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The profound effect of Medicaid on children’s health

Medicaid gives health insurance to more than 27 million American children — and it impacts more than just their health.

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Fourteen percent of American children live below the federal poverty level, which in 2019 amounted to an income of $16,190 a year for a family of two and $21,330 for a family of three. Without Medicaid, these families would not be able to afford health insurance and their access to quality care would be severely limited. Enter the lifeboat that is Medicaid.

Starting from the first moments of a child’s life, Medicaid plays an enormous role: About half of all births in America are covered by Medicaid. But the impact of Medicaid’s coverage extends far beyond the walls of a doctor’s office, as researchers have begun to explore the long-term health, economic, and social benefits of Medicaid. One study looked at the effects of Medicaid on childhood health and found that children with Medicaid coverage had higher graduation rates, greater economic mobility, and better physical health as adults.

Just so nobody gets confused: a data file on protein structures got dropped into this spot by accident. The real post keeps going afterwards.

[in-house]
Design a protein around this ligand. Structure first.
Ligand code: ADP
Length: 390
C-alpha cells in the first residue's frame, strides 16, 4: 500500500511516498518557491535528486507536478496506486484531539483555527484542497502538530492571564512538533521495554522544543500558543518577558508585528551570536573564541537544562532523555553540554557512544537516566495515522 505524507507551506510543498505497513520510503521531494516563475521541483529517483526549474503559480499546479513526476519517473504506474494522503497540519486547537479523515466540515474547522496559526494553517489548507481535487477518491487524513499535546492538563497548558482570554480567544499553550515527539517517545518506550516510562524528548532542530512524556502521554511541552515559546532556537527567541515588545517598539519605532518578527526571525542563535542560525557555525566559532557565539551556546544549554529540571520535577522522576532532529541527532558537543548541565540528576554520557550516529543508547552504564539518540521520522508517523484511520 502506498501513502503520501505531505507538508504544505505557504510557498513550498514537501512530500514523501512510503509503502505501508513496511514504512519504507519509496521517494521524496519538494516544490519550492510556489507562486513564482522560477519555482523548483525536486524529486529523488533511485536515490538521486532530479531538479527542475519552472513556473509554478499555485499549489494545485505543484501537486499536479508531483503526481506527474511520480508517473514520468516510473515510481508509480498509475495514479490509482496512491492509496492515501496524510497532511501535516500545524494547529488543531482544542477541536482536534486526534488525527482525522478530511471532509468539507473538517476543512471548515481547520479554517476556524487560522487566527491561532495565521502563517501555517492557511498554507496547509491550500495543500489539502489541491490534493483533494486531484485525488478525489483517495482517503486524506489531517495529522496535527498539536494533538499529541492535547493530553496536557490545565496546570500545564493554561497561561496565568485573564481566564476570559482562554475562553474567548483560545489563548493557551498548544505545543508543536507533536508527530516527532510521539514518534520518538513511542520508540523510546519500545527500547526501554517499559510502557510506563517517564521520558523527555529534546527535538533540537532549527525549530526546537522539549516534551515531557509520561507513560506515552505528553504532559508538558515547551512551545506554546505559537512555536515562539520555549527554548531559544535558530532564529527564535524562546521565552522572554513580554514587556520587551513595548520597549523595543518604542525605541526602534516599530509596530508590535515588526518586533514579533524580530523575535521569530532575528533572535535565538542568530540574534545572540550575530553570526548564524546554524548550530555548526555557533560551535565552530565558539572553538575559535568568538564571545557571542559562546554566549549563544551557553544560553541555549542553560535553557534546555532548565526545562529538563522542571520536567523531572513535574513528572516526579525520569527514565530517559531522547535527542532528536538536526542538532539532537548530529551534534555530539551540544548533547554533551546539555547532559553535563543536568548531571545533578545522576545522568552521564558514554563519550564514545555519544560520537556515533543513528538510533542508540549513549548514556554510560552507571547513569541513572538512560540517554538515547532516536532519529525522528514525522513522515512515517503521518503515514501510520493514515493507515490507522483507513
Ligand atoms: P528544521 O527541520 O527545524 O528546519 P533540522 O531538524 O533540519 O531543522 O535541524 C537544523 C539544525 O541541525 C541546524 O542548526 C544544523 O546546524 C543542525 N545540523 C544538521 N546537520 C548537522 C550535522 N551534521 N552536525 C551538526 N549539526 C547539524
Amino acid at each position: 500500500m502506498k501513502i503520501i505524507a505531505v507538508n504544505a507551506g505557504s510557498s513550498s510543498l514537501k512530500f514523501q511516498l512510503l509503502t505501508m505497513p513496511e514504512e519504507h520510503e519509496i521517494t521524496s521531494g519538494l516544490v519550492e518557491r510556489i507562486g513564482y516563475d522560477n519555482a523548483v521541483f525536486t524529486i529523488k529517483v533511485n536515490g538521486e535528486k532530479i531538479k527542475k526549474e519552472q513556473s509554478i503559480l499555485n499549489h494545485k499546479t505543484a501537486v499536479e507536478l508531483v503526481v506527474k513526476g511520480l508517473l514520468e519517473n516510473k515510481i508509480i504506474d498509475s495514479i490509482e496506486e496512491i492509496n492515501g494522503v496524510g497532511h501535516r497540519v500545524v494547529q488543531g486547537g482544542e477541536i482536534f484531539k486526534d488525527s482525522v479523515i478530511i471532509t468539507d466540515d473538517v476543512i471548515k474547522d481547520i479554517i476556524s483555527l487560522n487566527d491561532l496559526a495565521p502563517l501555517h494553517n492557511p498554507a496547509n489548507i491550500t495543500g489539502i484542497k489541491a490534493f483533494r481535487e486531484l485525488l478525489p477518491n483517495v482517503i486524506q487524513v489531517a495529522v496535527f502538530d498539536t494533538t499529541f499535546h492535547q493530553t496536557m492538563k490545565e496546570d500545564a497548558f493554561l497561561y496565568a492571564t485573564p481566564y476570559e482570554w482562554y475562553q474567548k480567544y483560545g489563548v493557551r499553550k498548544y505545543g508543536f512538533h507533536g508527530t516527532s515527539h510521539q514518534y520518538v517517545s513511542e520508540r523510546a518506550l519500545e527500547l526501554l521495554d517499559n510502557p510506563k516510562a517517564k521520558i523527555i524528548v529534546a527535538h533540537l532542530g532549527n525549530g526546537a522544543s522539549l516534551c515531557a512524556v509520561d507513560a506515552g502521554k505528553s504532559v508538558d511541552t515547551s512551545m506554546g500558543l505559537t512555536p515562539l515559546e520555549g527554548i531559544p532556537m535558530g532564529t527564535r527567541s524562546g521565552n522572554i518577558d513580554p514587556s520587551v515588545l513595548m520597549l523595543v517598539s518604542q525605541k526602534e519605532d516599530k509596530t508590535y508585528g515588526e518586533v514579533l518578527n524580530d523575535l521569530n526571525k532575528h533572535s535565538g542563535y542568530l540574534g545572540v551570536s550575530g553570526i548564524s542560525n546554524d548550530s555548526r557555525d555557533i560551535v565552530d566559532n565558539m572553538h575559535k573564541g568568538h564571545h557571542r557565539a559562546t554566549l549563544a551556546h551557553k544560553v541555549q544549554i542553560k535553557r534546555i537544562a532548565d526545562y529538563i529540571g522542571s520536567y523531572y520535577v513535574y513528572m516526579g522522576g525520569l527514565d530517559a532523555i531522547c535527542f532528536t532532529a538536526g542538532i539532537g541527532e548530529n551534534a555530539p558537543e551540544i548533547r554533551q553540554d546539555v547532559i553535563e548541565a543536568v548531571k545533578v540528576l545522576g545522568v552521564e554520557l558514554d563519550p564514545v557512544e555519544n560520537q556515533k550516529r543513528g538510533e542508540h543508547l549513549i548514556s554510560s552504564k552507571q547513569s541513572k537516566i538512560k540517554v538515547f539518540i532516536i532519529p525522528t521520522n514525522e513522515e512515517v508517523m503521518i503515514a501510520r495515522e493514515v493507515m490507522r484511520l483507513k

When Medicaid expanded in 2017, an additional 700,000 children were insured, and today, Medicaid covers 27 million American children. That gives even more Americans a chance at a healthier childhood, and then, a healthier adulthood.

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